By Sherry Lipp
Fifteen years after The Blair Witch Project, which was a low-budget horror phenomenon that grossed nearly $250 million worldwide on only a $60,000 budget, the found-footage genre is starting to wear thin. At least one of these low-budget horror quickies comes out each year and none have ever come close to reaching the success of Blair Witch. Even the popular Paranormal Activity series is seeing some significantly diminishing returns. While these found-footage films can be a little short on story, the best ones offer some real thrills – with barely-seen movements and mysterious sounds menacing the characters, both in front of and behind the camera. Unfortunately that can’t be said about the 2014 film Devil’s Due, where nothing happens for most of the movie. By the time it does, you don’t really care.
In a kind of Paranormal Activity meets Rosemary’s Baby, a young couple – Sam (Allison Miller) and Zach (Zach Gilford) – finds themselves expecting a child right after they return from their honeymoon. Of course we already know something’s not quite right because they have already showed us that some kind of satanic ritual happened while the couple was passed out drunk at a tiny little nightclub in the Dominican Republic. Knowing this takes away a lot of the suspense in the storytelling.
The found-footage concept gives filmmakers the opportunity to make a movie without telling a complete story. Because we are supposed to be watching people going through their daily activities, everything feels mundane. The dialog and their activities is boring, but that’s all part of the design. It’s supposed to feel ordinary until something extraordinary happens. In this film the extraordinary pretty much doesn’t happen until the last ten minutes of the film, so we are stuck with the ordinary.
In fact this film relies entirely on non-reaction from everyone involved. Sam screams at her young niece for no reason and no one ever brings it up. We’re supposed to believe this terrified little girl goes back to the party and doesn’t say a word to anyone about her aunt’s out-of-character behavior? While at the supermarket, Sam rips open a package of raw meat and begins shoving it into her mouth. Customers avoid her, but that’s it. No cops, not even a store employee comes over to see what’s going on. After shopping for “baby stuff” (what the couple exclaim as they walk towards the store), Sam breaks all the windows of an SUV with her bare hands because the driver nearly backed into her. Again, no cops and no confrontation. Zach doesn’t even seem particularly astounded that his petite wife could perform such a task.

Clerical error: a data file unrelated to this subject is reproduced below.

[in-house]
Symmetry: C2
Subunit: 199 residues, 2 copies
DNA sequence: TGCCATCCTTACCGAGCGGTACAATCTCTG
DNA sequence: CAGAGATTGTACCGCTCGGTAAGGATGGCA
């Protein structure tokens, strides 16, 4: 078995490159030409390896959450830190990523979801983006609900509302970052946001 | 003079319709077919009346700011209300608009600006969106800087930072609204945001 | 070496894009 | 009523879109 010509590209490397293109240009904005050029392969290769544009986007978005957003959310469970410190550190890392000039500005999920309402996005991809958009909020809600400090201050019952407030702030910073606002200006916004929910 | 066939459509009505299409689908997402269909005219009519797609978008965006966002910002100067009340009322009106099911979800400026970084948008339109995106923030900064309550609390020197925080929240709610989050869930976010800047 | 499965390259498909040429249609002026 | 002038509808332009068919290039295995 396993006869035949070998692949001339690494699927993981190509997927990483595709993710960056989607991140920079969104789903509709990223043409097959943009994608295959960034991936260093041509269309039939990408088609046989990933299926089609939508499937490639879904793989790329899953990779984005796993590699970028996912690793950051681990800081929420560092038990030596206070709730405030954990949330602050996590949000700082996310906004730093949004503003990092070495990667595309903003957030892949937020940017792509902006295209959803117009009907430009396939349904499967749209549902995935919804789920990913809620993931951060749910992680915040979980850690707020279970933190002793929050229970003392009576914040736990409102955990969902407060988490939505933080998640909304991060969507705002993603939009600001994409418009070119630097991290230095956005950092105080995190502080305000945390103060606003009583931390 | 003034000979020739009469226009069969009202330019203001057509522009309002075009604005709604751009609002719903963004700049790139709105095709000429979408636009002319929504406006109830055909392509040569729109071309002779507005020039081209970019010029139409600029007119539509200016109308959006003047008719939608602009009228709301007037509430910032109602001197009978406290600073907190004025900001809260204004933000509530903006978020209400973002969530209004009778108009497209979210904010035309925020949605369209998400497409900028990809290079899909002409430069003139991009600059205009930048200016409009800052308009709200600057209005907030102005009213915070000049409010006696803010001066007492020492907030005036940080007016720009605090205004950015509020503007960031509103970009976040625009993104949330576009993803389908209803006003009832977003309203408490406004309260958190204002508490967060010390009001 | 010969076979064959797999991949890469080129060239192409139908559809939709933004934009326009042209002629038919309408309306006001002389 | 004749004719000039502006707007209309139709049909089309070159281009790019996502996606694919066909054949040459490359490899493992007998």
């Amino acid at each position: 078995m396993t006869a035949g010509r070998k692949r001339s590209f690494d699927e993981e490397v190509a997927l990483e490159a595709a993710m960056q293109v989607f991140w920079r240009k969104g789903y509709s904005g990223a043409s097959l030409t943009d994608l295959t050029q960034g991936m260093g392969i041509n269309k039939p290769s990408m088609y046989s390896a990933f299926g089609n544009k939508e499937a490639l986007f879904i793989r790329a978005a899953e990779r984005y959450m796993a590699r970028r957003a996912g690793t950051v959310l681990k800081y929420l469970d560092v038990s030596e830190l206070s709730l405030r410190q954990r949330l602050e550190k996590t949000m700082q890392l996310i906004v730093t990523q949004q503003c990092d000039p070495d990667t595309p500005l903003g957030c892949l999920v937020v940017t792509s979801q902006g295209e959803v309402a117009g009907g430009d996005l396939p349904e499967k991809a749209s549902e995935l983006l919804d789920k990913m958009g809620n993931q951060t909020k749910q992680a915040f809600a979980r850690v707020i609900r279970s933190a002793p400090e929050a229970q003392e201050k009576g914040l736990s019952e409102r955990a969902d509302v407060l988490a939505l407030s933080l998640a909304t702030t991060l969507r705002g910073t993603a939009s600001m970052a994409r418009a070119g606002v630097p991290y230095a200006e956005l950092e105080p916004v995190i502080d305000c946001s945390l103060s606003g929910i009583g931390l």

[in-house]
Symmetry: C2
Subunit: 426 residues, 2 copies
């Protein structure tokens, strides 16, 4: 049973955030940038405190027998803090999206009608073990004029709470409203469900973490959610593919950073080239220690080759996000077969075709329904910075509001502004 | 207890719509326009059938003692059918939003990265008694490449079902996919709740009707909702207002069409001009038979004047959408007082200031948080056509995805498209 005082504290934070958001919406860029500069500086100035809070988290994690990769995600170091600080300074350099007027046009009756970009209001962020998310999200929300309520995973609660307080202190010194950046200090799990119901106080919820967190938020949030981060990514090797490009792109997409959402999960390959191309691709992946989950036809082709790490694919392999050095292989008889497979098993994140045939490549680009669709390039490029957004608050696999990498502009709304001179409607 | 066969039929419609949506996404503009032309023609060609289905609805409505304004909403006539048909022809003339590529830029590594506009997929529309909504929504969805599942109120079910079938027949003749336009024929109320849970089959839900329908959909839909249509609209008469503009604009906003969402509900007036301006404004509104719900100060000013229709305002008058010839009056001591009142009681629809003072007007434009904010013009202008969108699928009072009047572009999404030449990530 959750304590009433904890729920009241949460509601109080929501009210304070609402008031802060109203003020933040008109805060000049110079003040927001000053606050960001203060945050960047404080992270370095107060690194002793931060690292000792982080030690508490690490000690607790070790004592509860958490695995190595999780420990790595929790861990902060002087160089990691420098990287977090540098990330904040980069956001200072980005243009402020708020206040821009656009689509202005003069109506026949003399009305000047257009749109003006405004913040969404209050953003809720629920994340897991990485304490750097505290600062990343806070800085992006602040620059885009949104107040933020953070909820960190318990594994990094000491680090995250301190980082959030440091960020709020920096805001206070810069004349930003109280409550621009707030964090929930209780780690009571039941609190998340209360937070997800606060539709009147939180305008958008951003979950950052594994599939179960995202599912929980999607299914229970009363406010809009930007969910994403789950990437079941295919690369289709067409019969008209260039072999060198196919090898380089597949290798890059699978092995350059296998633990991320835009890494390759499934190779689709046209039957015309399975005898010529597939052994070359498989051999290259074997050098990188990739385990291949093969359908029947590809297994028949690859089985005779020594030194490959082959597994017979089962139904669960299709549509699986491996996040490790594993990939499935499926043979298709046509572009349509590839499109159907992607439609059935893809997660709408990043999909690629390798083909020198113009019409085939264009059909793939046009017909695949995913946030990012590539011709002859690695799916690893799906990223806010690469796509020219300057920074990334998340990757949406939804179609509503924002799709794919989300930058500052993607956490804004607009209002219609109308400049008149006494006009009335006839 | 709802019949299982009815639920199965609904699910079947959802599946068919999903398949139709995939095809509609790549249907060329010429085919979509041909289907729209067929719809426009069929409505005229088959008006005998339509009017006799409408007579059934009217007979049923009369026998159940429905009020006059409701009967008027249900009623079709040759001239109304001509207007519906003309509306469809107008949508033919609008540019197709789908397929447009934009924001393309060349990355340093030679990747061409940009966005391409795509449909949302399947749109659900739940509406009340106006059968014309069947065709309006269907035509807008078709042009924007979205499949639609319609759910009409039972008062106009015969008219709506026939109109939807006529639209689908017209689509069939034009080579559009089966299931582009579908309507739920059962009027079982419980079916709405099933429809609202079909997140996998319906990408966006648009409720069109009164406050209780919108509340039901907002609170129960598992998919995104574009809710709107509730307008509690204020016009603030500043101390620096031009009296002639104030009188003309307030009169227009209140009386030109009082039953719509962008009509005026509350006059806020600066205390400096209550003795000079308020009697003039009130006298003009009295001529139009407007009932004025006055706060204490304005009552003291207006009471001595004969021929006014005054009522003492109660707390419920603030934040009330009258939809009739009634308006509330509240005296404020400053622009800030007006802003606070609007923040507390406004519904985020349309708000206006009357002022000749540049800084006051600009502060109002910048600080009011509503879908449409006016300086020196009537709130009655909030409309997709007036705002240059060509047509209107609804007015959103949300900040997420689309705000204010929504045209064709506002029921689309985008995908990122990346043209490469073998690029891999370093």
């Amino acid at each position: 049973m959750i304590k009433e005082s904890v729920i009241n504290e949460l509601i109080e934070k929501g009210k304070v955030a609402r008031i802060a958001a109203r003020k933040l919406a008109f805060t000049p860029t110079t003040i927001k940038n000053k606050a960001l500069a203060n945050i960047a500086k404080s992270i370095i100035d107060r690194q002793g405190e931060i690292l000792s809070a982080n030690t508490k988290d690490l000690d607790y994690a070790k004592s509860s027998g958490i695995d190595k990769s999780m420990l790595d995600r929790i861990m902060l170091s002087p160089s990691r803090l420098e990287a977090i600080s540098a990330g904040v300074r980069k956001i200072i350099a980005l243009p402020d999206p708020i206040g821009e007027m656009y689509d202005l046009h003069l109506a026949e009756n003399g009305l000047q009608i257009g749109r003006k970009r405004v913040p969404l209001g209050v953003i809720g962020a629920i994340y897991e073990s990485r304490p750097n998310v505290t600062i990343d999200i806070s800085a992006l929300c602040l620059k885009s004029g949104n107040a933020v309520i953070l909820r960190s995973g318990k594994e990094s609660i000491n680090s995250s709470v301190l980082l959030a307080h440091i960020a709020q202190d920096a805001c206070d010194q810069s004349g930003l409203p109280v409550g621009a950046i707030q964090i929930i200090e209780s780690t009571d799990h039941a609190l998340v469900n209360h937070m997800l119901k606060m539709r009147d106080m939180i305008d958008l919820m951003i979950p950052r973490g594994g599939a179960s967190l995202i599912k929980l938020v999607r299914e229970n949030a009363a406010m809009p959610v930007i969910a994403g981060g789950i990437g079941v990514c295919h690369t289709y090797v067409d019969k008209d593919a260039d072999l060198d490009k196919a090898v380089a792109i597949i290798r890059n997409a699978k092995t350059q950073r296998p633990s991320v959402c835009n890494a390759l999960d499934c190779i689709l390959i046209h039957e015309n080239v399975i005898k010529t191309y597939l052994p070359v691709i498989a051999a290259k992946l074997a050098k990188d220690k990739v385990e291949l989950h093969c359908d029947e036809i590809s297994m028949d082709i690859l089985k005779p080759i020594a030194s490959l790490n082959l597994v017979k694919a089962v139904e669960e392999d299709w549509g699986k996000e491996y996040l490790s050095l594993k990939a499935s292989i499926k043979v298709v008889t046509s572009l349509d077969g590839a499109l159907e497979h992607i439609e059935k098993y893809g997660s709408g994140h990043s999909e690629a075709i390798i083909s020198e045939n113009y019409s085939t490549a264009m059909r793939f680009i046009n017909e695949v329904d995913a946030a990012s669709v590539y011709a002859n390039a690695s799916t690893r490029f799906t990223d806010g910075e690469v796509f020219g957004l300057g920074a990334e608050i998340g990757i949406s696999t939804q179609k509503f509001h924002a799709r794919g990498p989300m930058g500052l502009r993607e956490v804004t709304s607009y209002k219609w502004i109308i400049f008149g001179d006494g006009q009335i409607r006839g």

What’s even worse is the footage itself serves absolutely no purpose. We don’t even know whether or not anyone even watches the footage from day to day. If they did, every single question would’ve been solved. Zach, who was obsessed with capturing every moment of the couple’s lives, doesn’t even use the footage to save his own skin when the police finally do come into the picture. In the end it boils down to lazy storytelling.
However, if you are a found footage aficionado and want to check this film out, the Blu-ray offers some nice features including deleted scenes and a commentary from the directing team of Matt Bettinelli-Olpin and Tyler Gillett, joined by their Radio Silence filmmaking partners Chad Villella and Justin Martinez. The filmmakers themselves even suggest that viewers start the movie about 50 minutes in, effectively skipping all the boring setup. There’s also short making-of featurettes along with a twelve-minute piece about Radio Silence. The Blu-ray also includes a DVD and an UltraViolet digital copy.
The sound and picture are in line with current Blu-ray standards – everything looks and sounds good, considering Devil’s Due is supposed to be a home movie. In some ways everything looks and sounds a little too good. Apparently there was always excellent lighting just about wherever the couple went and whatever mic was available picked up every word anyone ever said. I guess some concessions have to be made in the name of found-footage storytelling; it’s too bad they didn’t tell a better one.
Images: 20th Century Fox